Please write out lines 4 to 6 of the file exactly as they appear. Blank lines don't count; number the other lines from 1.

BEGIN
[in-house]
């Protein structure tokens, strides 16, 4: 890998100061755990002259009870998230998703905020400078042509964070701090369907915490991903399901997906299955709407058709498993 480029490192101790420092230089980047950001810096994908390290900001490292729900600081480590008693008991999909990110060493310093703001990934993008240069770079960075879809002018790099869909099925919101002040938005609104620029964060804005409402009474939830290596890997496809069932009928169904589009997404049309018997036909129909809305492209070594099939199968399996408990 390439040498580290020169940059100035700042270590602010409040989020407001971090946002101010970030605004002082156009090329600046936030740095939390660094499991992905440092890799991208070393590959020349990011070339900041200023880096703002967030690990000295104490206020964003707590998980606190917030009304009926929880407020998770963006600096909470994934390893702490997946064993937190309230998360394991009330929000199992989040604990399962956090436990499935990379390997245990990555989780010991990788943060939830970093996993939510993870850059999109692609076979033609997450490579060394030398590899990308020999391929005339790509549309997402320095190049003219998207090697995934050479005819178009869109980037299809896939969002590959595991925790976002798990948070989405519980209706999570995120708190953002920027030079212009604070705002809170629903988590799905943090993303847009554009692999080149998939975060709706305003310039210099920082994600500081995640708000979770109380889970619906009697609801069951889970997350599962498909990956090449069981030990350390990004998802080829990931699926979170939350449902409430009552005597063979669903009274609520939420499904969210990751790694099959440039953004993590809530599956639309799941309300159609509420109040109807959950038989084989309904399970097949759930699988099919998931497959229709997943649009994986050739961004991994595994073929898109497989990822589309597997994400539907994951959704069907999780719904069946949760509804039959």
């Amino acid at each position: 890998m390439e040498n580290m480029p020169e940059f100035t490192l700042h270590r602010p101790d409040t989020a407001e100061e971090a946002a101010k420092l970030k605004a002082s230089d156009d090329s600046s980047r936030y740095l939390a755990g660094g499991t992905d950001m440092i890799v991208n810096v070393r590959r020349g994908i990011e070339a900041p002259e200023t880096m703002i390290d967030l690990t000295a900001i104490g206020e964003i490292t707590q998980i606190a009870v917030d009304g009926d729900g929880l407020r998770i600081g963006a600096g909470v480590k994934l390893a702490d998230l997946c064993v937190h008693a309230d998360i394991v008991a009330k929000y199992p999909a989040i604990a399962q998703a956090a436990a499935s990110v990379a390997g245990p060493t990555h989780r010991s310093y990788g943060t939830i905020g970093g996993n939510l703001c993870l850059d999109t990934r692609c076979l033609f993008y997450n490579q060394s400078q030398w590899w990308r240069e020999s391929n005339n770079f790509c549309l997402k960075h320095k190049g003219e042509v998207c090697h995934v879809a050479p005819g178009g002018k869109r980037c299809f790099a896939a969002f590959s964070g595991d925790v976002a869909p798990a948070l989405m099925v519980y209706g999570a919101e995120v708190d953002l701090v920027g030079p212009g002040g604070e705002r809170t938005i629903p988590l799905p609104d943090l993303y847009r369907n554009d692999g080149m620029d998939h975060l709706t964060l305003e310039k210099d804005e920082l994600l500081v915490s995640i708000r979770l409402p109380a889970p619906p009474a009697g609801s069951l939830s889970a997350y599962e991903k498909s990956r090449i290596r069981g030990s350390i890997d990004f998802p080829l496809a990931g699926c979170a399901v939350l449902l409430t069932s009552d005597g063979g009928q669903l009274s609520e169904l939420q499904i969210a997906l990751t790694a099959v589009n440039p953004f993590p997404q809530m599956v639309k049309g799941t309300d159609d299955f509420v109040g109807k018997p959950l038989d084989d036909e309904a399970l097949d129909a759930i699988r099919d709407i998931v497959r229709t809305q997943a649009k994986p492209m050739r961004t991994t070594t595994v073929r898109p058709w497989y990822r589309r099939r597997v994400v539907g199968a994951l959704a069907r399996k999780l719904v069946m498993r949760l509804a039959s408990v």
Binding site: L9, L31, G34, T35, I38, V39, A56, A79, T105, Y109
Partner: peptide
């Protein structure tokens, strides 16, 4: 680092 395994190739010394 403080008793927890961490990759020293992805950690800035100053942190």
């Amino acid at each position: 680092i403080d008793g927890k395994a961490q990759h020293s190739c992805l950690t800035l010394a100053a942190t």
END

Binding site: L9, L31, G34, T35, I38, V39, A56, A79, T105, Y109
Partner: peptide
């Protein structure tokens, strides 16, 4: 680092 395994190739010394 403080008793927890961490990759020293992805950690800035100053942190």